Tag Archives: miscellany

The next big thing

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The gardens. They are in terrible shape, thanks to the way 2017 was a total bitch.

The biggest project: weeding. We did get a good number of frames set up with weedblock, but the areas along the edges and in the holes punched for the transplants need to be weeded in the worst way. Fortunately, I decided on no fall crops this year, just allowing the frames to go fallow and break down more of the composted manure they have in them. Unfortunately, I decided on no fall crops this year, and could not/did not keep up with the weeding. Luckily, we do have a winter, such as it is, and the next few months will be devoted to weeding, replacing the plastic-covered frames with weedblock and positioning the irrigation lines, and getting the sides of the frames that have bowed out back to full vertical and braced.

Now I know, in my head, that this very big project just means starting with a small corner of it and working through to get it done. But there are also those fleeting moments when I’m looking out on the mess and thinking that it’s just far too big a job – it’s the same feeling I get from looking at the narrative outline here for this book and thinking about how much crazy is in me that I presume this is something I can do.

But in those moments, I just step back, take a deep breath, and remind myself that the elephant is eaten in pieces, not in one big gulp.

Unlike the novel, which I feel like I could write in two weeks with the story so fully developed in my head, the gardens are going to take a tad longer. It’s good exercise, though, and I’ll be able to visualize the plans for spring before the seed catalogs start arriving and it’s time to place my order(s).

Get outside, people. Even if  you’re not pulling weeds or thinking of corrupt cops and drug-distributing biker gangs like I am. There’s a big, wide world out there, and you should sometimes remind yourself that your small piece of it has something – at least one thing – you are grateful for when you look out over it.

Until next time, peeps: be well.

Strange bedfellows

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The other night, I had a series of very odd (even for me) dreams.  I am an insomniac, and the folks who are trying to determine why we dream – a question that I expect will likely never have a firm answer – have done studies showing that insomnia and sleep disruption associated with it can increase dream recall, often because the sleep cycle is interrupted during REM, when dreaming occurs. Since I wake up multiple times any given night, I can often recall several dreams, in part or in full. Some seem to me to just be working out something I had been thinking over, like how one of my characters can rationalize his work for crime families. Some are not so easy to understand, and some are downright bizarre.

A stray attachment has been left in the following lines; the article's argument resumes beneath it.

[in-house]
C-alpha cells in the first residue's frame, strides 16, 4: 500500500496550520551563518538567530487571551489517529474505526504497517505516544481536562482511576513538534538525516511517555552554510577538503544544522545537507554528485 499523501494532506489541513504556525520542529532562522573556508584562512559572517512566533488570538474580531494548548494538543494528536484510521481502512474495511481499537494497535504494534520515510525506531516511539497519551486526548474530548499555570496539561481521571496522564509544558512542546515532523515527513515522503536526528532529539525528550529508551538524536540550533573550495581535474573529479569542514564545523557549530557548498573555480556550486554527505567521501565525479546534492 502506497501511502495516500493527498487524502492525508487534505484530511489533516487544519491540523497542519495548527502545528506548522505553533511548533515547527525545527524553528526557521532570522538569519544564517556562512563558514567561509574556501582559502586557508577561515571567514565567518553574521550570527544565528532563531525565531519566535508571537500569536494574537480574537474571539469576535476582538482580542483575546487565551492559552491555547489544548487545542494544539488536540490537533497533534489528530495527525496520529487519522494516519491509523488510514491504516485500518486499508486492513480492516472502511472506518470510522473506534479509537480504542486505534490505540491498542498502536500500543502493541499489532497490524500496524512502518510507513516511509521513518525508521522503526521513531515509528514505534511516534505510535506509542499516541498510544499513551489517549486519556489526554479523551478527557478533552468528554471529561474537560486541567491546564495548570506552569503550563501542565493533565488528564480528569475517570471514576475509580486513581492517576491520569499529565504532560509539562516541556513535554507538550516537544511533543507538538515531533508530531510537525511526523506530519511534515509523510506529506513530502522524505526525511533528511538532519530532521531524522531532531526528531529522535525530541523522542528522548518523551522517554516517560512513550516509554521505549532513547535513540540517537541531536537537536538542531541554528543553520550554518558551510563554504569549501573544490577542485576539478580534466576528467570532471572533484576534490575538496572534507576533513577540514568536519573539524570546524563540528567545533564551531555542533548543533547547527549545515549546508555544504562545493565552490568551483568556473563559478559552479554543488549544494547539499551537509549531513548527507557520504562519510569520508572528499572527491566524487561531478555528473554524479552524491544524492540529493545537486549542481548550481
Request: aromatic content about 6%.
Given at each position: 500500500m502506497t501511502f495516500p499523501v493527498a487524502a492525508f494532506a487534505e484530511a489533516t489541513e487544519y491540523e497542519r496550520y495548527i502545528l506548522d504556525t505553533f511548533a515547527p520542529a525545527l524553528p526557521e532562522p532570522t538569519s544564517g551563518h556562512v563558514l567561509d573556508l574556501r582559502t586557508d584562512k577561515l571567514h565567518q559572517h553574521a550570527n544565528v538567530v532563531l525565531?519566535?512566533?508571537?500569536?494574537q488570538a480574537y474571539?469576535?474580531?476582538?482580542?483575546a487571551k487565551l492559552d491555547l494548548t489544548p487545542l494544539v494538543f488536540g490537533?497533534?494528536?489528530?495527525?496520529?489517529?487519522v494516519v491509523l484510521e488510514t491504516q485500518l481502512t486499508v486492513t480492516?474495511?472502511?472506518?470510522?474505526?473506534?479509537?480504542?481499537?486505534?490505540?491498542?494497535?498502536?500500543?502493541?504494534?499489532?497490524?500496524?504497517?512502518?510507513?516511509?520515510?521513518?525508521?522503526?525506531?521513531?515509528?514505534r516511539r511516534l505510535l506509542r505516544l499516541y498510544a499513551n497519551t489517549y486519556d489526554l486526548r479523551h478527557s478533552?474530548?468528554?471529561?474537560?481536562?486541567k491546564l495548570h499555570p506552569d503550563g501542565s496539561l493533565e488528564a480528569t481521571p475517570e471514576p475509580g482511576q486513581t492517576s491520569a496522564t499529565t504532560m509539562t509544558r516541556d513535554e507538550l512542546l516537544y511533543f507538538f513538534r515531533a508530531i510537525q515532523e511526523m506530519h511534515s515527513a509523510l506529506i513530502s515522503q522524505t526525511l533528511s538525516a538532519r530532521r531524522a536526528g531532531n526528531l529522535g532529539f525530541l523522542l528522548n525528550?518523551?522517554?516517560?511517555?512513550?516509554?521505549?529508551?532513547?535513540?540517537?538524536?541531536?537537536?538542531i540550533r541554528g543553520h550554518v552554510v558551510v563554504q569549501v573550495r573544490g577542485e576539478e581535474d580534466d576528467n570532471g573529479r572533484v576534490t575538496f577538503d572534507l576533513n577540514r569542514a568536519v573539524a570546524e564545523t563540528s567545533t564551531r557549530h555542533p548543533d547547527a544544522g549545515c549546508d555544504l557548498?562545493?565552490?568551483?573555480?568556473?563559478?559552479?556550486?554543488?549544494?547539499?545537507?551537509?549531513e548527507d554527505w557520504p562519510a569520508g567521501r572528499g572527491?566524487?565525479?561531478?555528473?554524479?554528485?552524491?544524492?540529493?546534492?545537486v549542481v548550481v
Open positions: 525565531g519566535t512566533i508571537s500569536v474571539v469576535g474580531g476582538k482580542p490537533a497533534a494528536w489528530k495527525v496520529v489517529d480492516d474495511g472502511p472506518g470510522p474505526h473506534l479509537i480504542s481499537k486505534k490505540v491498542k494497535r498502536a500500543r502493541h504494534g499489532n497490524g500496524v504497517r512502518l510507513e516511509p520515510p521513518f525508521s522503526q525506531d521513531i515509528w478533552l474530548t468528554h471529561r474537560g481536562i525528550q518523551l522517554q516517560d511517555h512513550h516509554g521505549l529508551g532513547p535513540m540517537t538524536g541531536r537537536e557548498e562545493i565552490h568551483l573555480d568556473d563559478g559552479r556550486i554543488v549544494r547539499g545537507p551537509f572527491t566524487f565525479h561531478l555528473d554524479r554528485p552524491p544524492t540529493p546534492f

For instance, during the other night I mentioned before, I woke up and had been dreaming about a group of people without faces. Literally without faces: they had heads, walked and moved and talked like any regular person, but their faces were just blank ovals. I couldn’t recall what exactly had brought me to them or them to me, but I did recall that part.

The other dream recall, however, was much longer. The first part of it was someone walking up the steps to an absolutely stunning building. It turned out that building was a library (not the first time I have dreamed about libraries, and likely not the last), but there was a very tall African man near the top of the steps, and he said, “I’m terribly sorry, but women who wear glasses are not permitted in libraries in Burundi.”

Now, I have never been to Burundi. I also do not wear glasses any longer, thanks to lasik surgery some years ago. A random question popped up in the back of my head about women who do not wear glasses potentially being allowed in libraries in Burundi, but it did not come up during the dream. As it happened, he was recorded saying this, and for some reason was desperate to get the recording and destroy it. That’s where the second part of the dream came in.

It turned out to involve a high speed car chase in a not-very-Burundi setting: a heavily populated, dense modern city. New York, perhaps, or Los Angeles. There were dozens of law enforcement vehicles involved, and a ton of property destruction as all the vehicles involved ran into innocent passersby in their cars, roadside objects like light poles and mailboxes, and even into storefronts and other building at some times.

I awoke during the chase part of the dream, remembering both sections of the dream vividly, but without a clue as to how these things were generated, much less how these could help me in any way – well, perhaps the chase scene. That might make it into a story somewhere. Burundi seems much more unlikely.

Still, when I recall these dreams after waking up, I’m sure they go right back into the hopper to churn around with everything else my subconscious is working on. At some point, some of these ingredients may combine in just the right way, and my subconscious will send up a flare about a an idea worth pursuing and developing.

And who knows? maybe one of those packages may involve Burundi after all.